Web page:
Wednesday, October 17, 2012

Portraits of the Artists 3: John Shinnors

This is my profile of John Shinnors first published in the Sunday Times Culture Magazine on 7 October 2012.

John Shinnors 
In October 2003 the University of Limerick unveiled Sean Scully’s monumental Wall of Light at the entrance to the university.  Senior academics from the university, local government officials, and members of the upper echelons of the Irish art scene graced the splendid occasion.  The great man himself was there, closely attended by Barbara Dawson from the Hugh Lane Gallery.  After the various speeches, certain notable guests proceeded to a grand dinner in Plassey House, the president’s domain – a handsome art-bedecked building on campus.  As Limerick’s leading artist, John Shinnors was of course invited to join this select group.  But he was having none of it.  It was time for his nightly trip to the Spotted Dog – his local in Roxborough.  While Shinnors doesn’t bite the hand that feeds him, neither does he bother to give it the occasional lick of affection.  

John Shinnors is arguably one of Ireland’s most successful artists.  All the indicators are in place:  Aosdana, the RHA annual show, the Gandon profile with laudatory essays by Brian Fallon and Aidan Dunne, the IMMA permanent collection, the Crawford collection in Cork, many important private collections, and a substantial RTE documentary: Michael Garvey’s Split Image – John Shinnors in 1997.  He has had a series of sold-out shows in Taylor Galleries over the years, oneof which involved well-documented squabble between patrons jockeying for precedence as the truck carrying the work arrived from Limerick.  Even more significantly his work sells well at auction, unlike many of his contemporaries.  Yet Shinnors remains a maverick on the Irish art scene, someone who doesn’t quite belong. This may be partly to do with the resolutely unclubbable nature of the man – it’s difficulty to imagine him enjoying a bibulous dinner at the RHA for example.  Or maybe it’s something to do with his refusal to take his role as an artist too seriously.  He sees it as a job rather than a vocation and doesn’t engage in too much navel-gazing about the meaning of his work.  Although, ironically, the work itself with its provocative and ambiguous motifs is ripe for speculative analysis.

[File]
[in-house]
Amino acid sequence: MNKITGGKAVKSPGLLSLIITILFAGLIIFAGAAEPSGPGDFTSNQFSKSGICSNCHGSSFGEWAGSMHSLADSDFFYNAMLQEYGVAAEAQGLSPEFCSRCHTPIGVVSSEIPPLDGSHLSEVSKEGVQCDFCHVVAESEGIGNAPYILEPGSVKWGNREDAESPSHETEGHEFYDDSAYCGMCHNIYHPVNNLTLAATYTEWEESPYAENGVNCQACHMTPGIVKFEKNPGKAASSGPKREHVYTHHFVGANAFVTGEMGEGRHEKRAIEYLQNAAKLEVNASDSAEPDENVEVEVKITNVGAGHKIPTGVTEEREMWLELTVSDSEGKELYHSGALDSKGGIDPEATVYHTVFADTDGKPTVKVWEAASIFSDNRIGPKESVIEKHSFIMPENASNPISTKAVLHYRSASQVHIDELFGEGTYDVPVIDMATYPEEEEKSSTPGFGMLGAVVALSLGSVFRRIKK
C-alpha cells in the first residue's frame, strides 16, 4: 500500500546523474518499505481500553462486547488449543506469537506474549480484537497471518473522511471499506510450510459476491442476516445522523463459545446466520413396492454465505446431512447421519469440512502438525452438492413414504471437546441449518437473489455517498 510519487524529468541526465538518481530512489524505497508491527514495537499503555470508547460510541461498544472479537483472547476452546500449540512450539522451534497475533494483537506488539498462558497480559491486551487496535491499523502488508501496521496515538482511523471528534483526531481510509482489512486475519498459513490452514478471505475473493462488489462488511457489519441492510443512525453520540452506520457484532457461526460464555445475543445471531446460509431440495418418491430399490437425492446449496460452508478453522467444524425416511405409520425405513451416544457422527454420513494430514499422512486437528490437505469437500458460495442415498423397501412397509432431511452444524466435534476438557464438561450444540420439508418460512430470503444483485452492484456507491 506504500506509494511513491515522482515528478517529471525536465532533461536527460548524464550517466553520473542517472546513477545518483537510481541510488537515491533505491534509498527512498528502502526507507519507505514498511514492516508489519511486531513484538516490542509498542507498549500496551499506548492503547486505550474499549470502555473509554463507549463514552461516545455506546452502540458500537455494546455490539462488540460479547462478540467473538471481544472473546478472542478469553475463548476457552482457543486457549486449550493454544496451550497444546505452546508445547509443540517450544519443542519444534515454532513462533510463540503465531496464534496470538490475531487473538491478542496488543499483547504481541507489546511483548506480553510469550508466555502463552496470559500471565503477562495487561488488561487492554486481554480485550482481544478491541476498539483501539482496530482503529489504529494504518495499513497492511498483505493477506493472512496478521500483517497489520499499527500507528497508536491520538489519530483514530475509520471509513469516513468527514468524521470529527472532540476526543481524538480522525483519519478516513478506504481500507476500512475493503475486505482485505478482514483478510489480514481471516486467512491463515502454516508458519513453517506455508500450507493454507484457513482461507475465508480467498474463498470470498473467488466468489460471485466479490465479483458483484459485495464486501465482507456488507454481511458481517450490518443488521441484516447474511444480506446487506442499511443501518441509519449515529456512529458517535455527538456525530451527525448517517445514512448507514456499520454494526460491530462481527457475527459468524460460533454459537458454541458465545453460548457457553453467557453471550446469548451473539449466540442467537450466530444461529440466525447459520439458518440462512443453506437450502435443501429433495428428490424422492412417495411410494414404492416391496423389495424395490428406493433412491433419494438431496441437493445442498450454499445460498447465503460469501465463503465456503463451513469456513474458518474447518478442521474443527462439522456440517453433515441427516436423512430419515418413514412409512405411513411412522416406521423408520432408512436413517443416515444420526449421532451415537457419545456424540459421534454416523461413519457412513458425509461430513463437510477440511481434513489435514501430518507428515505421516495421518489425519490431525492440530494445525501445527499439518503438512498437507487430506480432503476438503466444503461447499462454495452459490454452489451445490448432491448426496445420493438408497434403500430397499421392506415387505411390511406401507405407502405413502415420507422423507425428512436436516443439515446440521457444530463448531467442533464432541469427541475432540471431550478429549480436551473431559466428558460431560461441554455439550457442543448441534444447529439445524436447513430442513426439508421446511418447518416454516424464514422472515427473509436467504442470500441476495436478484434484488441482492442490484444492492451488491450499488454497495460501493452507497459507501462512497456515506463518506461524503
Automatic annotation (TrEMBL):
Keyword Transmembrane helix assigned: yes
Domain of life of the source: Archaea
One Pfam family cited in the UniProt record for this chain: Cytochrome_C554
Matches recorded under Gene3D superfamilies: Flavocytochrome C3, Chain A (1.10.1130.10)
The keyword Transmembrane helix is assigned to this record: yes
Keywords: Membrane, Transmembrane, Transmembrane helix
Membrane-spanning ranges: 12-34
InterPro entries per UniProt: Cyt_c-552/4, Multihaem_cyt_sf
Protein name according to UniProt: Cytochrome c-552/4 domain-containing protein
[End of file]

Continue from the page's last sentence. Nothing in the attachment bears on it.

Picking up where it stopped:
Shinnors is a popular and respected figure in his native city.  He frequently features in the Limerick Leader and is an active participant in the life of the city – as evidenced in a recent spat with local councillor Tom Shortt.  Comedian Pat Shortt’sbrother was not amused by Shinnors description of some public art as “moronic”.  You will find his work at the university, in the Hunt Museum and of course in the drawing rooms of the Ennis RoadTony Ryan of GPA and Dessie O’Malley were early supporters.  A visit to the National Self-Portrait Collection in the University of Limerick provides an opportunity to see his magnificent, moodily lit, self-portrait.  The template surely for his scarecrows’ noses.  And it’s not all one-way traffic in Limerick.  He sponsors an annual art scholarship, the ShinnorsCuratorial Scholarship, at the Limerick College of Art.  He is also a well-known figure on the streets.  On a recent trip to the Limerick City Centre Post Office to enquire about the whereabouts of his historical paintings (Sarsfield and other heroic local figures) that used to hang there, I met two customers who claimed to know him well and offered suggestions as to the whereabouts of the missing paintings.